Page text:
The day-to-day implications

To leverage more advanced analytics capabilities, FP&A needs to start building driver-based models— essentially mathematical equations that take operational drivers and calculate their impact on key financial results, using an array of multidimensional relationships. Before FP&A can climb to the next level, however, some things needs to change.

  1. Where finance professionals spend the majority of their time: Too many practitioners spend too much of their time collecting data, churning out reports, and validating reports. Preliminary results from AFP’s 2016 FP&A Benchmarking survey shows companies that invest more in technology spend less time on grunt work and have faster cycle times.
  2. Corporate inertia: Some organizations may fail to see the business case for investing the resources (human/technology/process) in improving analytical capabilities. They tend to fall back on the tried-and-true traditional rules of thumb and rely on individual intuition and experience.
  3. Skills gaps in the current FP&A team: Legacy finance organizations were built to deliver information and produce reports, but not for more exploratory work and delving into the unknowns. It’s therefore important to train existing staff or hire new talent with advanced analytics and technology skills.
  4. Data availability, access, quality, and integration across multiple internal and external systems: In many cases, finance lacks access to the right information to optimally leverage and deploy more advanced analytics capabilities. New cloud solutions make it easier to pull data from disparate sources. There’s good news on the horizon. The preliminary AFP FP&A Benchmarking survey results show over half of organizations believe greater access to data will become the competitive driver going forward.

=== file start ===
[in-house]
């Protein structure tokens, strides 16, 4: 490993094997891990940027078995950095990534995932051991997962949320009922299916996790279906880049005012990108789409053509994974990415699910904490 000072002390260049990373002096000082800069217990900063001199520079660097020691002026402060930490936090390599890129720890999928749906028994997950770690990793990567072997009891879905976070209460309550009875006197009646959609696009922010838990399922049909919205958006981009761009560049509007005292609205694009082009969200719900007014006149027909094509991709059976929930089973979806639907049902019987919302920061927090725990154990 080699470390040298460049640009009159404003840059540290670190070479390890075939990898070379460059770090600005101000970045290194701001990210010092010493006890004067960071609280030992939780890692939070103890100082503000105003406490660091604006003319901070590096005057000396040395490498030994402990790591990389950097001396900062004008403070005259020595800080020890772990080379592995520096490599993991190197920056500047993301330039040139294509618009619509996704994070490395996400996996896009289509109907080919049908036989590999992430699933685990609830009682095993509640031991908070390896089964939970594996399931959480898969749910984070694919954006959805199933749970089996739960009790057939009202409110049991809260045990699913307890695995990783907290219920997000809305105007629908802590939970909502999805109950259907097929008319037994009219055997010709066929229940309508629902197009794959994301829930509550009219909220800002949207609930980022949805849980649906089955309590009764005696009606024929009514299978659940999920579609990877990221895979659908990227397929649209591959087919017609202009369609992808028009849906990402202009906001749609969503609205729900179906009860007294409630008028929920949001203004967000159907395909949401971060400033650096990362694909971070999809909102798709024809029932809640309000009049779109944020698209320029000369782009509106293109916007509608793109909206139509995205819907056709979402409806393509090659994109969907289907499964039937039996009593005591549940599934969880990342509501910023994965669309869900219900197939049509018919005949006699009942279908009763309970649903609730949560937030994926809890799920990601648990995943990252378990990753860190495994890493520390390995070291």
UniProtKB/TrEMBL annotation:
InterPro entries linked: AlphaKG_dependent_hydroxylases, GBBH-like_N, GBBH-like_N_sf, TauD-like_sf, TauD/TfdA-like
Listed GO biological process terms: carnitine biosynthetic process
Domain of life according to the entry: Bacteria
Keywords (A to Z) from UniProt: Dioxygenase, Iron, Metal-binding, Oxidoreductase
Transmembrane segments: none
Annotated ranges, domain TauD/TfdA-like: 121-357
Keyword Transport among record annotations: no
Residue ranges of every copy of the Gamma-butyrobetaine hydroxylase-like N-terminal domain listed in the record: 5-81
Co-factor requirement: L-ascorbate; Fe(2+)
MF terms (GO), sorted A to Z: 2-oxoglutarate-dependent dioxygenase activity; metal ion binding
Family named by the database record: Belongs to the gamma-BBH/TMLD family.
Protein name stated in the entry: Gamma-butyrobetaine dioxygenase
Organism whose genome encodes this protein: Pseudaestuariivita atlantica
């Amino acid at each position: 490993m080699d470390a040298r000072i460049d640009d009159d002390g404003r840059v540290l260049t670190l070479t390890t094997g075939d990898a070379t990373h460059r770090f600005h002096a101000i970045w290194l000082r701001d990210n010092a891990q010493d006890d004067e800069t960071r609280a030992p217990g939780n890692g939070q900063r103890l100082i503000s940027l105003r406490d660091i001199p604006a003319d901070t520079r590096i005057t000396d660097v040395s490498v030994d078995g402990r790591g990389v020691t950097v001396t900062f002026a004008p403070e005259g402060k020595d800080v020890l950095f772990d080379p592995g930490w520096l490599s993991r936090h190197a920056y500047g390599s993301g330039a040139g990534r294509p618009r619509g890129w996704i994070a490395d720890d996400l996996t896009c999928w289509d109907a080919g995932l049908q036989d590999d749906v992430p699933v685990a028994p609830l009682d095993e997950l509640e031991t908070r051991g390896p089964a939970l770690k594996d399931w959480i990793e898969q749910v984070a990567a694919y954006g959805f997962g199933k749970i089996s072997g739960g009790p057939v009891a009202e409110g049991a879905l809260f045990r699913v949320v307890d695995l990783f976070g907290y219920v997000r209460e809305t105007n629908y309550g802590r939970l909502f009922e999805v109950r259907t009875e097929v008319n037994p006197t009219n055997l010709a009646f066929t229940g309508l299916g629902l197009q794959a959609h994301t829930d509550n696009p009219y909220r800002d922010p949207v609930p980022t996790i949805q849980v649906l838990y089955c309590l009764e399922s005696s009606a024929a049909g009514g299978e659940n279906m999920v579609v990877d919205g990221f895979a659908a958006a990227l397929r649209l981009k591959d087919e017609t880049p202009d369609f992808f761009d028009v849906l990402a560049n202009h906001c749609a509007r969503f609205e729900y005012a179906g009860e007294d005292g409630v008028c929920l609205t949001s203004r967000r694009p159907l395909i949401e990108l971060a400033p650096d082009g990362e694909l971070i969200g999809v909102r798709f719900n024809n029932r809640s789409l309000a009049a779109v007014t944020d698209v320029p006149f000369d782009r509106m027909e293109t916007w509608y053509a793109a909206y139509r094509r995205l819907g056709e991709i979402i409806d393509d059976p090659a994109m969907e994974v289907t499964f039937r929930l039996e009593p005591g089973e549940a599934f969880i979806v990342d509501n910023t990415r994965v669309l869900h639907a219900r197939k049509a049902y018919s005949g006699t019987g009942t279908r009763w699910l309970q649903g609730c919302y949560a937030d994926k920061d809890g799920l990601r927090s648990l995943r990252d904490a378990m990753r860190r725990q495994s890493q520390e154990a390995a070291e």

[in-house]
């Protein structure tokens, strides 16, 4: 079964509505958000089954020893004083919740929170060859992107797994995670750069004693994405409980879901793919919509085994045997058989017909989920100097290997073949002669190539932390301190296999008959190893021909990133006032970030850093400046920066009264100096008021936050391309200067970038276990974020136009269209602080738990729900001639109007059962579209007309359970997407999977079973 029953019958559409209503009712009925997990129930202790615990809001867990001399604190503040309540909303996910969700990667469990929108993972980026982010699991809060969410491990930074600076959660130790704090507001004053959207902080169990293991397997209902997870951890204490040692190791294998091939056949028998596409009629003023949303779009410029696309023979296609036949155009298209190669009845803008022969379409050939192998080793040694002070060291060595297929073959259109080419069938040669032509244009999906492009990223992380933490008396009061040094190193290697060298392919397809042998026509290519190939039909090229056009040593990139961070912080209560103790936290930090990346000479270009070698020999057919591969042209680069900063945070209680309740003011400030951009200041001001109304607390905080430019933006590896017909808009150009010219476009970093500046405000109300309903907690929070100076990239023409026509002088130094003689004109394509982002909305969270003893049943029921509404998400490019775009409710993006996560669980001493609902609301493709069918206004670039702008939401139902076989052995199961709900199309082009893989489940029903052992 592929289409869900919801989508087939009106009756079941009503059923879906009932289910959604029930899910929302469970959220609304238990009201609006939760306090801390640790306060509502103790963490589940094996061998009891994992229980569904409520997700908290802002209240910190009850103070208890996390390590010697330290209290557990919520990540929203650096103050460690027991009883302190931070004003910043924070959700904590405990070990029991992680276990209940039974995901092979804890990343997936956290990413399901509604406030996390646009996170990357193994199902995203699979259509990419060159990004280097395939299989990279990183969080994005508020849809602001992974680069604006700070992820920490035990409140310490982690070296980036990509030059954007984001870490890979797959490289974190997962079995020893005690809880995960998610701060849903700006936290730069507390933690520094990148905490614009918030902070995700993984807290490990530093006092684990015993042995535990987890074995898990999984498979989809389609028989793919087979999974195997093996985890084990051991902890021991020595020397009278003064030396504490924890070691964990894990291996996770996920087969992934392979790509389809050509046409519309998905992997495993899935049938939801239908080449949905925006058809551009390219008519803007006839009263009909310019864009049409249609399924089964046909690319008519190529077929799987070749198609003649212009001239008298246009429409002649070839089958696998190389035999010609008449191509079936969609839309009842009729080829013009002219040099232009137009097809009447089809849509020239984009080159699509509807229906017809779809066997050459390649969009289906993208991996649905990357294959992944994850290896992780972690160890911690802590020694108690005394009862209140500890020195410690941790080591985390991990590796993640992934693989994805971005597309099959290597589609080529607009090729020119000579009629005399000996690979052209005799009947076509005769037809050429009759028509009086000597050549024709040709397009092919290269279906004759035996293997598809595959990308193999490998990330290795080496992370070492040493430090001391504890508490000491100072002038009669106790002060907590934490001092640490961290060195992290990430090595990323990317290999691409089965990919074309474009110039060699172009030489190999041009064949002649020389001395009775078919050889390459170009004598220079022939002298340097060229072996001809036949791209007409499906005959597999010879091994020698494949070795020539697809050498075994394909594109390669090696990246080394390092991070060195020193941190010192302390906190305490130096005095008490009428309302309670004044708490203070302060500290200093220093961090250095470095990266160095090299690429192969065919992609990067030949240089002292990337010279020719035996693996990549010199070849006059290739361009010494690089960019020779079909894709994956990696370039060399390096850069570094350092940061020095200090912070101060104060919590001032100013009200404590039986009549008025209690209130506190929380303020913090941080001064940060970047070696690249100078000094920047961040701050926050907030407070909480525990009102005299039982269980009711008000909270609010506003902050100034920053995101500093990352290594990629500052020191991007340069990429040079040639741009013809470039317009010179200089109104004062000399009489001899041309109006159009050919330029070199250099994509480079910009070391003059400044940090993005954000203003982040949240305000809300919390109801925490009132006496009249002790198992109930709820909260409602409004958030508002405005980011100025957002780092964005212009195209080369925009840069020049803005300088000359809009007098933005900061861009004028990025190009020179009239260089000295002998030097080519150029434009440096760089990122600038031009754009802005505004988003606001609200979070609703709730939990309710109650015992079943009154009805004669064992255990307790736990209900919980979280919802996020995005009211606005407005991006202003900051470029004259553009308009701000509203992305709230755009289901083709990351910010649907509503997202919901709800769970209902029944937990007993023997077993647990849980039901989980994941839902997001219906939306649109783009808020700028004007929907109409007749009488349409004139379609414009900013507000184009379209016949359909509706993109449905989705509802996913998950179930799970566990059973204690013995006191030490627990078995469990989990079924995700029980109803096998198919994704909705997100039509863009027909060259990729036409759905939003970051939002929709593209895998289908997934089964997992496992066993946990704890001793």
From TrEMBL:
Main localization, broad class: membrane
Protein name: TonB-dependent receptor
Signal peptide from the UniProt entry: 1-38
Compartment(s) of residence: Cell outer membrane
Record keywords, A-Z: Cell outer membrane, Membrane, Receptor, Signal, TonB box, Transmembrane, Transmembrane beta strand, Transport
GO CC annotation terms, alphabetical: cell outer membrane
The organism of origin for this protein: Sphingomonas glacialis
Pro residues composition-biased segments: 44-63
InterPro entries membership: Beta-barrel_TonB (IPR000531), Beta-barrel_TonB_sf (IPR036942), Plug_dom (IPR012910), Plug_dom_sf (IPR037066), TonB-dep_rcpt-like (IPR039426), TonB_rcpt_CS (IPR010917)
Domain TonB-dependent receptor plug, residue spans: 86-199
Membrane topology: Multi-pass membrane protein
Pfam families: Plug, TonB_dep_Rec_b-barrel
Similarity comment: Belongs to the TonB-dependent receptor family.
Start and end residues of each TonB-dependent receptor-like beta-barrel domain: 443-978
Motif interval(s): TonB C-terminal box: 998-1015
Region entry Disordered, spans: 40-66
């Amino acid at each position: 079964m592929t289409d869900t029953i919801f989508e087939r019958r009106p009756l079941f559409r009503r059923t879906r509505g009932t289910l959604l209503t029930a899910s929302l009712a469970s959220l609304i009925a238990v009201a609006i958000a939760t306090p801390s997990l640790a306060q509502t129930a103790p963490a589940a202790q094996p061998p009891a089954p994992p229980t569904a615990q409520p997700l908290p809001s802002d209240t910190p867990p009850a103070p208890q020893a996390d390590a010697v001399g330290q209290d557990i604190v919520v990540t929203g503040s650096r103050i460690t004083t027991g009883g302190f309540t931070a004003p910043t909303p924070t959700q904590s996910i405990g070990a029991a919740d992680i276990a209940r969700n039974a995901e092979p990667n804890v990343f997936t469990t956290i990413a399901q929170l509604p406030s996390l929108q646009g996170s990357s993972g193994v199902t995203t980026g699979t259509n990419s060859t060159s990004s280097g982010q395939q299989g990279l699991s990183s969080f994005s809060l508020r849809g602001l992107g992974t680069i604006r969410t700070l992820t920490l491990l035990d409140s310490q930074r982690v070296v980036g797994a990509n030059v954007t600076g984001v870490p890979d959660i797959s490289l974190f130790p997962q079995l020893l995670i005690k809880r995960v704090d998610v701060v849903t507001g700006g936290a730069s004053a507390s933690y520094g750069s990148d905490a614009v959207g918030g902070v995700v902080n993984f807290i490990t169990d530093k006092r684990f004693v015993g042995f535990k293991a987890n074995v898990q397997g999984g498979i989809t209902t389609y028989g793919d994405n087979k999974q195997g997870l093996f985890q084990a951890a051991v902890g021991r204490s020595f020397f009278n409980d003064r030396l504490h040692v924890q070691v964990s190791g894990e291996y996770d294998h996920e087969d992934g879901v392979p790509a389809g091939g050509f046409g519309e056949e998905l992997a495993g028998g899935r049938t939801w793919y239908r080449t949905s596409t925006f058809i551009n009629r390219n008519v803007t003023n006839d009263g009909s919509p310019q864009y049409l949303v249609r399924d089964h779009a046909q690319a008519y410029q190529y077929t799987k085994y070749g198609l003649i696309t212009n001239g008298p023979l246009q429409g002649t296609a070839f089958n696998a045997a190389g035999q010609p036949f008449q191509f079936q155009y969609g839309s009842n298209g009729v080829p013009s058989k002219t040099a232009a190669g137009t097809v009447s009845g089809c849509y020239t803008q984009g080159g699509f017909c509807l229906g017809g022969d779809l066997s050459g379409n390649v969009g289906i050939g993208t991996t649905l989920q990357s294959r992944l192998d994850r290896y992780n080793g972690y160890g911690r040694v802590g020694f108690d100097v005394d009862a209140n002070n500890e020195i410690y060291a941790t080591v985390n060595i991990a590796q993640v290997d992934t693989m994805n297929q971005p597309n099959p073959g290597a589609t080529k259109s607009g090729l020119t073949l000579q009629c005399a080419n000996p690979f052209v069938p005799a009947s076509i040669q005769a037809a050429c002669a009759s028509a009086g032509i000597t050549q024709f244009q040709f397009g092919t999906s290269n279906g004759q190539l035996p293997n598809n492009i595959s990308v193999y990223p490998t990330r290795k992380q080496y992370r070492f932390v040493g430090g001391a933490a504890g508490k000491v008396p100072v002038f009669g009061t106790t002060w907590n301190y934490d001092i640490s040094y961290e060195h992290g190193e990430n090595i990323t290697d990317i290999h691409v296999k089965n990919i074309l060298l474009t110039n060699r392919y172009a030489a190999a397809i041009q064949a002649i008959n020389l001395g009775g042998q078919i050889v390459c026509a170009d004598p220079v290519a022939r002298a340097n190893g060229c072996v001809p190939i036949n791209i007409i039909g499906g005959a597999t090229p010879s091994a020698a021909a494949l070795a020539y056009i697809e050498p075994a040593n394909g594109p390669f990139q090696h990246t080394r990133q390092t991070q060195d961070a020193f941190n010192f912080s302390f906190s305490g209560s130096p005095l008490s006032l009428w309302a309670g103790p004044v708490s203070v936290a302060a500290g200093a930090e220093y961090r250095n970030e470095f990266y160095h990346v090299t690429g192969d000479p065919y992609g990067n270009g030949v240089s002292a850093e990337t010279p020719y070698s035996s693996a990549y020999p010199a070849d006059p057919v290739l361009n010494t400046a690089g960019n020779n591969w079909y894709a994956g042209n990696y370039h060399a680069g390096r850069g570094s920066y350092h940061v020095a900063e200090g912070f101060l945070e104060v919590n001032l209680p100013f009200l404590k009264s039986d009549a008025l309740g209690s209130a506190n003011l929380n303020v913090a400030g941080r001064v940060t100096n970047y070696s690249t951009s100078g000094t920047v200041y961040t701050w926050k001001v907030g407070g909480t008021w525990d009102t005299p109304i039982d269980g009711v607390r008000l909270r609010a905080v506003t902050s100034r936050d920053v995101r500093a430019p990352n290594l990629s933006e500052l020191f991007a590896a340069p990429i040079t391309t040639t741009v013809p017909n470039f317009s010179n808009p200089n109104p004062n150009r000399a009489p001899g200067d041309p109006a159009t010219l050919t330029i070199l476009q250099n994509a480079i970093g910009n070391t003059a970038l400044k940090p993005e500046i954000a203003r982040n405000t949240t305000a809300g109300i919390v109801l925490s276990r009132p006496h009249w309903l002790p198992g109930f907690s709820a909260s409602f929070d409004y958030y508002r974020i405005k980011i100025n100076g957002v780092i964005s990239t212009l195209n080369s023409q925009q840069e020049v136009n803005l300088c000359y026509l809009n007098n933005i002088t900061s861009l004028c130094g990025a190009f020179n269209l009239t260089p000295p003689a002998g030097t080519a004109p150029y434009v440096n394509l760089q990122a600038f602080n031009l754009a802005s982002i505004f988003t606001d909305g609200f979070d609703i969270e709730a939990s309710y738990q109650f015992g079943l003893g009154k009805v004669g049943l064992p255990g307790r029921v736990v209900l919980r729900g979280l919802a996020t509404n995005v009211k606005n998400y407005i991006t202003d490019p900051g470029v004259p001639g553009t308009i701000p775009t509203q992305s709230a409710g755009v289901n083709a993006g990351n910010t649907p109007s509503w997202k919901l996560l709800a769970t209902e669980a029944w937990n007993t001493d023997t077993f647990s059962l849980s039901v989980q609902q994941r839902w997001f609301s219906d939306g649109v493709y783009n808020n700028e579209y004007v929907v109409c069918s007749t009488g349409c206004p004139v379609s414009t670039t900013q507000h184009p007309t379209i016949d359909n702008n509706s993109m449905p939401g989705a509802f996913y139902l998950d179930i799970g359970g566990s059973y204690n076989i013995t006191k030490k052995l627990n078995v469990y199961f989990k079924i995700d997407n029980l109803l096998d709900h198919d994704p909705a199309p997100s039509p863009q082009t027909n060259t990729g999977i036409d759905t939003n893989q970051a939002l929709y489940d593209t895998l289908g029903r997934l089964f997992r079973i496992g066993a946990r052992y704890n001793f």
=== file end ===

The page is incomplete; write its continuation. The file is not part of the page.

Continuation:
Already, FP&A is making the investments to improve analytics capabilities. That investment is paying off, big. The IBM research shows that investment in analytics pays back US$13.01 for every dollar spent, and returns are only increasing. Finance organizations that are lagging in making the right investments may find that they are not in a position to make a meaningful contribution to enterprise performance by becoming better business partners. Analytics plays a key role in understanding and optimizing the profitability of products, services, and customers.

To learn how AFP can help bridge the talent gap in your FP&A team, click here.


Nilly Essaides

About Nilly Essaides

Nilly Essaides is senior research director, Finance & EPM Advisory Practice at The Hackett Group. Nilly is a thought leader and frequent speaker and meeting facilitator at industry events, the author of multiple in-depth guides on financial planning & analysis topics, as well as monthly articles and numerous blogs. She was formerly director and practice lead of Financial Planning & Analysis at the Association for Financial Professionals, and managing director at the NeuGroup, where she co-led the company’s successful peer group business. Nilly also co-authored a book about knowledge management and how to transfer best practices with the American Productivity and Quality Center (APQC).